At each of the water passages that lead to New York Harbor – from the Narrows to Hell Gate, Ambrose Channel to the Race – disused forts stand on either shore, once guarding these entrances. In this virtual program, we will explore the history of coastal fortifications in New York from the Revolutionary War to World War II, examining the different eras of fort construction and the technological advancements that drove the changes in these forts’ shape, armament, and role over time. We will also look at how these forts have been repurposed today – as parks, schools, museums, and the last active military base in New York City.
The neighborhood today known as DUMBO was once the center for the agricultural hamlet of Brooklyn, and grew into a center of commerce, shipping, and manufacturing. On this virtual walk, we will look at several eras of the neighborhood’s history reflected in its architecture. From the storage warehouses of the 1860s, to the reinforced concrete industrial buildings of the Gairville complex, to the last remaining tenement building in the neighborhood, we will also examine how these buildings have been repurposed to create one of the most expensive residential and office districts in all of New York City.
In 1881, Spanish engineer Rafael Guastavino arrived in New York City and unveiled his new technology for building self-supporting vaulted tile ceilings. These ceilings are now iconic elements of many New York landmarks, and the city is home to more than 250 of them, more than any other city in the United States. On this virtual tour, we’ll look at many of the ceilings up close, in both grand public buildings and out-of-the-way places, including in Prospect Park, Grand Central Station, Ellis Island, and the Municipal Building, as we discuss this engineering marvel.
November 24 marks the 161st birthday of the famed architect Cass Gilbert, and to celebrate, we are taking a deep dive into his body of work in New York City. We will be joined by Helen Post Curry, Gilbert’s great-granddaughter, an expert on his life and work, and the founder of Woolworth Tours. Though born and raised in the Midwest, he rose to national prominence after moving to New York, where he built such landmarks as the Custom House, 90 West Street, the Woolworth Building, and of course, the Brooklyn Army Terminal. We will also discuss some of the less well-known buildings of his portfolio, including Brooklyn’s Austin, Nichols & Co. Building and a string of small railway stations in the Bronx, and his mastery of a wide diversity of styles that made him one of the most versatile architects of his era.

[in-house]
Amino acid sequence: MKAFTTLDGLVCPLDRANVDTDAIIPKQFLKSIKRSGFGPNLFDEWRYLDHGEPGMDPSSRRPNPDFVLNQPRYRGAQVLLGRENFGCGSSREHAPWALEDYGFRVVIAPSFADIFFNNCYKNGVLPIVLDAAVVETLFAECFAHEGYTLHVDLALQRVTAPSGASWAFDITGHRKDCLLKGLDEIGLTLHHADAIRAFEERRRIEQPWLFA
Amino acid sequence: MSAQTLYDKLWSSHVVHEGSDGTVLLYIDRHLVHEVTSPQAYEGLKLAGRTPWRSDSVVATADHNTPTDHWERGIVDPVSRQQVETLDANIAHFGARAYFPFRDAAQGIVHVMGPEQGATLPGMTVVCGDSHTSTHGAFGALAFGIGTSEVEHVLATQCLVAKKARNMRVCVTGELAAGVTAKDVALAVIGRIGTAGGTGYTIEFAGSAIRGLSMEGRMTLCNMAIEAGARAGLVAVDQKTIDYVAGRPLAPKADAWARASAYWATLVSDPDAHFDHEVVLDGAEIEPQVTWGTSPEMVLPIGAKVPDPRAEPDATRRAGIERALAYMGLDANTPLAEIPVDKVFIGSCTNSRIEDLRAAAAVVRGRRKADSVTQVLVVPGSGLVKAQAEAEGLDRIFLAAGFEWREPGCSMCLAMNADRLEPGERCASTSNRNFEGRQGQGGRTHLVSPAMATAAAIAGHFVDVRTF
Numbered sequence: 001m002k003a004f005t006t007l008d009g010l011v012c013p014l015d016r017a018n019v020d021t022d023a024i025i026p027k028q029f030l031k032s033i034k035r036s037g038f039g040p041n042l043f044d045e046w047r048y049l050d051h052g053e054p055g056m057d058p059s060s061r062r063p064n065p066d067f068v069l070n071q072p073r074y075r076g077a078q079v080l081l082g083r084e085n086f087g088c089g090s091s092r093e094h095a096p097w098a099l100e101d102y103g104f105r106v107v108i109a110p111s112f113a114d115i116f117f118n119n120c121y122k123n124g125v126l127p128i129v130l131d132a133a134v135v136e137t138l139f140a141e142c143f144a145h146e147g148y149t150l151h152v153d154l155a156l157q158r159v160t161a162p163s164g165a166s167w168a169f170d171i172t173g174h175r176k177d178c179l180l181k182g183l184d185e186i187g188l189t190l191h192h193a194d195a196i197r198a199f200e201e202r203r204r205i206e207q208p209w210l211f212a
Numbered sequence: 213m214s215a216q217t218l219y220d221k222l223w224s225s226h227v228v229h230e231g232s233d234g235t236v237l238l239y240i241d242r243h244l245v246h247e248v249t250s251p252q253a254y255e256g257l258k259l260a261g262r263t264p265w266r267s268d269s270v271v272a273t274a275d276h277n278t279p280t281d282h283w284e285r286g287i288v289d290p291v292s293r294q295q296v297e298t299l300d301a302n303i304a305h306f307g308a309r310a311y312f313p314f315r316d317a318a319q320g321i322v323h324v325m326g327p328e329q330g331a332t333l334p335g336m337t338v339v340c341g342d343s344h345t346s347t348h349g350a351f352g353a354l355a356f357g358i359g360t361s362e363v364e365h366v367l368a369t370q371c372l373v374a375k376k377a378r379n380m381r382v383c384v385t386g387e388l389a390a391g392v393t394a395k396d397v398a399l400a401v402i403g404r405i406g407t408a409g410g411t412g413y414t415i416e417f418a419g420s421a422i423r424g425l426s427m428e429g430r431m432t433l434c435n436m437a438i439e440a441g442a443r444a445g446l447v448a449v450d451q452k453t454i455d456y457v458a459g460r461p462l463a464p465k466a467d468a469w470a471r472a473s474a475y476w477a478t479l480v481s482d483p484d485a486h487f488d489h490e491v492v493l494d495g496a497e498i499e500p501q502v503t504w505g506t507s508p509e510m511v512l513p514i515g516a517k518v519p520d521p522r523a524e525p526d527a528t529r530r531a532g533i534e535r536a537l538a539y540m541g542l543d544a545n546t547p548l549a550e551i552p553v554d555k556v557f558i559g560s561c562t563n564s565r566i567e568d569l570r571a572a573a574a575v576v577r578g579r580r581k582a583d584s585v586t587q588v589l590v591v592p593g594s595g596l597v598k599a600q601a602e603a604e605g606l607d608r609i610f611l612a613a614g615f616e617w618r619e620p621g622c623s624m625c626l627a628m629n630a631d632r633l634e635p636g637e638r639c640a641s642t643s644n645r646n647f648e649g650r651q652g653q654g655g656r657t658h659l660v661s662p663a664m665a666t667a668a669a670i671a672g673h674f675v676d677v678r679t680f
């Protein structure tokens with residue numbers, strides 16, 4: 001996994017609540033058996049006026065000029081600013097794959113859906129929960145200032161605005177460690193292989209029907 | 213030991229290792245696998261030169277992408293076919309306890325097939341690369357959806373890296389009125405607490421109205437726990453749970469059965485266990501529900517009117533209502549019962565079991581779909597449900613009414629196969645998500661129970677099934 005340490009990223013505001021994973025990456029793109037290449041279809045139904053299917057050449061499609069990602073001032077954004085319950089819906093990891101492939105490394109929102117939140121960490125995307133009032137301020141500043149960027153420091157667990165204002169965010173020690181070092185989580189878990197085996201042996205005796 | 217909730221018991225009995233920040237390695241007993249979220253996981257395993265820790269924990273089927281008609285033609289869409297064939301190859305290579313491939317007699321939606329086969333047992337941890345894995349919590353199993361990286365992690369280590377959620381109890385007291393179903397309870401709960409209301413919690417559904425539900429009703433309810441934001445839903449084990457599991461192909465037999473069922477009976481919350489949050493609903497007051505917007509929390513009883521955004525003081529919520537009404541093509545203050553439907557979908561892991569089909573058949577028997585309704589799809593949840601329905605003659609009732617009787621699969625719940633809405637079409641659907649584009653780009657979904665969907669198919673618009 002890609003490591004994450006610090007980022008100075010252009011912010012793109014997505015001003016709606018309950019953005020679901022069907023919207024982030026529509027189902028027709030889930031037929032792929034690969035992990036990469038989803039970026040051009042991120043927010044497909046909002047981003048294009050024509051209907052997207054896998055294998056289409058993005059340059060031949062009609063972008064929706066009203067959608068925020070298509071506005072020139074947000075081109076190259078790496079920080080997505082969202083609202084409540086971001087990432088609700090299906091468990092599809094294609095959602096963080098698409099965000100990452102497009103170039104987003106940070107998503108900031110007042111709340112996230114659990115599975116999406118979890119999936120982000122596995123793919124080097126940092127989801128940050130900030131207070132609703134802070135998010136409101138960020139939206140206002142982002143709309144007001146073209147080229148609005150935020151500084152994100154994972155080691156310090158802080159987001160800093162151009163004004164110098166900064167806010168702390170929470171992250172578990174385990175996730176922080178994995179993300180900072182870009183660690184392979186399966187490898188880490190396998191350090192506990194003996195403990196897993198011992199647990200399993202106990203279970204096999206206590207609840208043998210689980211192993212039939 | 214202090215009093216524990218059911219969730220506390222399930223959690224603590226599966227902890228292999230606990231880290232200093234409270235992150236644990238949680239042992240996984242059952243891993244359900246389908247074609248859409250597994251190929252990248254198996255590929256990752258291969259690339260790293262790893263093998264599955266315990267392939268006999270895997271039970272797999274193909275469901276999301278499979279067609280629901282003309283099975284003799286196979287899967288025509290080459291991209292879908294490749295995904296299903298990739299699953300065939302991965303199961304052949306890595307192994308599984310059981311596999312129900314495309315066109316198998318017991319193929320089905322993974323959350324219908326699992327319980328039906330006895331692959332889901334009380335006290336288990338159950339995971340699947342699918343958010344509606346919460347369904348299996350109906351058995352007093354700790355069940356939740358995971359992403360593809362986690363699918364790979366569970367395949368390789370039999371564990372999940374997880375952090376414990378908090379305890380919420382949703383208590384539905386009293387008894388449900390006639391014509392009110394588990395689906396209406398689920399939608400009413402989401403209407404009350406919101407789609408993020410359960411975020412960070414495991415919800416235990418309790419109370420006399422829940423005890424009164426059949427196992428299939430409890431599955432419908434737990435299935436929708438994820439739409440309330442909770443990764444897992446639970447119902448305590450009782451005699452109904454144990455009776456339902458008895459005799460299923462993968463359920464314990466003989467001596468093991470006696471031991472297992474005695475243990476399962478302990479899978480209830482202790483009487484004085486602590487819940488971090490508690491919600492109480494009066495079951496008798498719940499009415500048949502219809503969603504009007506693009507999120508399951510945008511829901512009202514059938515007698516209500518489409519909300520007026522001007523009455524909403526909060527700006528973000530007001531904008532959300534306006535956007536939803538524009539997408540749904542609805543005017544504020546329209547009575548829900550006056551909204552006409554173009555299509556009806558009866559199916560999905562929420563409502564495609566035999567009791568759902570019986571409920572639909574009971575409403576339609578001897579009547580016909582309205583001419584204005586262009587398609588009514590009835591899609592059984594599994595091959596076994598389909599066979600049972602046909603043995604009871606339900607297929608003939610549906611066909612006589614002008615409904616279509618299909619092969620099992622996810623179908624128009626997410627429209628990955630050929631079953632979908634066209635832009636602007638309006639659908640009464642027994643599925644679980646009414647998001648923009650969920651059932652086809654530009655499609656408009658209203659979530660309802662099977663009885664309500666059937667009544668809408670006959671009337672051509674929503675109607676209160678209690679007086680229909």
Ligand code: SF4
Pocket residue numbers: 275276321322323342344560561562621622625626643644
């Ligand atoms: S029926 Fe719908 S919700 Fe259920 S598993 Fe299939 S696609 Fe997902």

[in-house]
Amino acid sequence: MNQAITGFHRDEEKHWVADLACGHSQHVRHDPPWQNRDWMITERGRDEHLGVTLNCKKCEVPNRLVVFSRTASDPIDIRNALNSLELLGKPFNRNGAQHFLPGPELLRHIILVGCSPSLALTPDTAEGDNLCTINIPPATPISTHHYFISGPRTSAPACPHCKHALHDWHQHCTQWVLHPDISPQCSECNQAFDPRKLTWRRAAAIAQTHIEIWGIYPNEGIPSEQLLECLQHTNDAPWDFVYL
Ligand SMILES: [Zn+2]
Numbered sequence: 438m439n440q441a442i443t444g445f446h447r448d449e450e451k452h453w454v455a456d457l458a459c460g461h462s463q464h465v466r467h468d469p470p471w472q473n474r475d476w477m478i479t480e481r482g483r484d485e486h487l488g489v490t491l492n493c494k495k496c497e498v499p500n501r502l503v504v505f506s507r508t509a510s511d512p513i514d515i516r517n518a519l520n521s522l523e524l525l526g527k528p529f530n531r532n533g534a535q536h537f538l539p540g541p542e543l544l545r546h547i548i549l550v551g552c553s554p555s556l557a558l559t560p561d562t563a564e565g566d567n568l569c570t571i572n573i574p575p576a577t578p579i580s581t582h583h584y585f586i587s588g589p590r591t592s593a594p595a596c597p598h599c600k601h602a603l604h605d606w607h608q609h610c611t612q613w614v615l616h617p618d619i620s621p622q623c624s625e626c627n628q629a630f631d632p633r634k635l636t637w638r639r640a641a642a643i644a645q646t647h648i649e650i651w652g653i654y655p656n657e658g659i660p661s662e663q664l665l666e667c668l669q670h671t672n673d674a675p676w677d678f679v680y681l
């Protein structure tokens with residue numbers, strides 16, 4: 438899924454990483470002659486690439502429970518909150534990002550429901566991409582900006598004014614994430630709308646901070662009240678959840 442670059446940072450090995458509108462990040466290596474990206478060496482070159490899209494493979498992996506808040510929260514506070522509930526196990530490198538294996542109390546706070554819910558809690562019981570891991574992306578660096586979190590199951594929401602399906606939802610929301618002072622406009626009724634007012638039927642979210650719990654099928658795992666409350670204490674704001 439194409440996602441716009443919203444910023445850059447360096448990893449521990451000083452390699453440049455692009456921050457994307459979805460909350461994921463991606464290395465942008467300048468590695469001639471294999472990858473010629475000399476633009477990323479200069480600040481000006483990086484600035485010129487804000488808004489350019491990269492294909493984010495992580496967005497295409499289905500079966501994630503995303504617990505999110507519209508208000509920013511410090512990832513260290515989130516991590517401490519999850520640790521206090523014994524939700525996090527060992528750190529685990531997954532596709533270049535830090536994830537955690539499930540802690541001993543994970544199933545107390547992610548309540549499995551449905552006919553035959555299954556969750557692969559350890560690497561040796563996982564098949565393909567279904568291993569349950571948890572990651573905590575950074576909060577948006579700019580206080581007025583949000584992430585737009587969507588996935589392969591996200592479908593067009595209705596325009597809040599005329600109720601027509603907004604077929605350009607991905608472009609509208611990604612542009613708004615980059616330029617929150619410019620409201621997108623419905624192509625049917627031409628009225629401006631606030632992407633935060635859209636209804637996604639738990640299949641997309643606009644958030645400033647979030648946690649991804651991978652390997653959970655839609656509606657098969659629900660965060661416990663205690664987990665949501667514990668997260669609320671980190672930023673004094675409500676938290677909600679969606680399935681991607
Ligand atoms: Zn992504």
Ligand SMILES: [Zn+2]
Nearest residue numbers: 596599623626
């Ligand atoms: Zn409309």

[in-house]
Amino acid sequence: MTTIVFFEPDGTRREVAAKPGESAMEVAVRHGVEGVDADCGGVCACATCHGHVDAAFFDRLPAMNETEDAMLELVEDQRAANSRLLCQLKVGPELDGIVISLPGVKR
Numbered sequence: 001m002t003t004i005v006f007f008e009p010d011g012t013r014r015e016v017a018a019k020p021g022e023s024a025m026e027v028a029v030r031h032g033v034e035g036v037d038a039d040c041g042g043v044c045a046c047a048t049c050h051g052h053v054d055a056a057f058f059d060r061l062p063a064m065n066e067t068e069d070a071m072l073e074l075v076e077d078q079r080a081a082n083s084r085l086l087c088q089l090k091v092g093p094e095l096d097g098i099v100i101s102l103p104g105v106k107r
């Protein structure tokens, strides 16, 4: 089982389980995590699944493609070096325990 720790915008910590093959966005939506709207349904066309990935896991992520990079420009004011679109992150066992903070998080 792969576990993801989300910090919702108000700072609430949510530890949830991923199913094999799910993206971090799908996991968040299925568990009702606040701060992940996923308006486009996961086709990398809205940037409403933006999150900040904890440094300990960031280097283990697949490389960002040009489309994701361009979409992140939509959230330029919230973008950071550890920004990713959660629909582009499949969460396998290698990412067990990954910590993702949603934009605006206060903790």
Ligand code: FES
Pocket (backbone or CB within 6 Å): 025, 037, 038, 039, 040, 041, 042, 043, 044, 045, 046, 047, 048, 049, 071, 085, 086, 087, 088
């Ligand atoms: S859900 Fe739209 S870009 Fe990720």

Celebrate Open House New York Weekend by joining us for a live virtual visit to the Brooklyn Navy Yard’s historic Dry Dock No. 1. Built in 1851, this New York City landmark is the third-oldest naval dry dock in the country, and it is still used for ship repair today. We will discuss its fascinating history, as well as learn about the Yard’s active working waterfront, which includes the largest ship repair facility in New York Harbor. This program is part of the Brooklyn Navy Yard’s day-long series of live programs, including virtual visits to artists and manufacturers (see the full schedule), and check out pre-recorded virtual tours of other tenant businesses.
As Open House New York Weekend goes online this year, we are hosting a virtual visit to one of the most popular sites of the weekend, the Brooklyn Army Terminal, so join us for a live exploration of the site’s architecture, history, and industry. Designed by architect Cass Gilbert and built in 1918–1919, the Terminal is an architectural and engineering marvel that served as a major military installation for nearly 50 years. Today it is a city-owned industrial park that is home to over 100 businesses, and we will visit with some of the makers, manufacturers, and artists that occupy the buildings today, including FABSCRAP, SPark Workshop Brooklyn, and Uncommon Goods. This program is supported by the New York City Economic Development Corporation.
As part of Open House New York Weekend, we have created this special guide highlighting architecture, industry, and history along the Astoria Route of the NYC Ferry. Download this PDF guide and visit ferry.nyc to get updated schedules and info, and check out the rest of our OHNY 2020 programming.
Take a deep dive into the art and architecture of Prospect Park Zoo on this virtual program that will include a live broadcast interview with Zoo Director Denise McClean of the Wildlife Conservation Society. We will learn about the history of architectural designs for zoos across New York City, the story of architect Aymar Embury III and his designs for the zoo, stories behind the animal-inspired bas reliefs and sculptures, (including the artist behind the beloved topiary sculptures), and the evolution of the zoo itself over time.
In 1881, Spanish engineer Rafael Guastavino arrived in New York City and unveiled his new technology for building self-supporting vaulted tile ceilings. These ceilings are now iconic elements of many New York landmarks, and city is home to more than 250 of them, but no place has a denser concentration than Prospect Park. On this virtual tour, we’ll look at many of the ceilings up close, including in Grand Army Plaza, the Tennis House, and the Prospect Park Zoo, as we discuss this engineering marvel.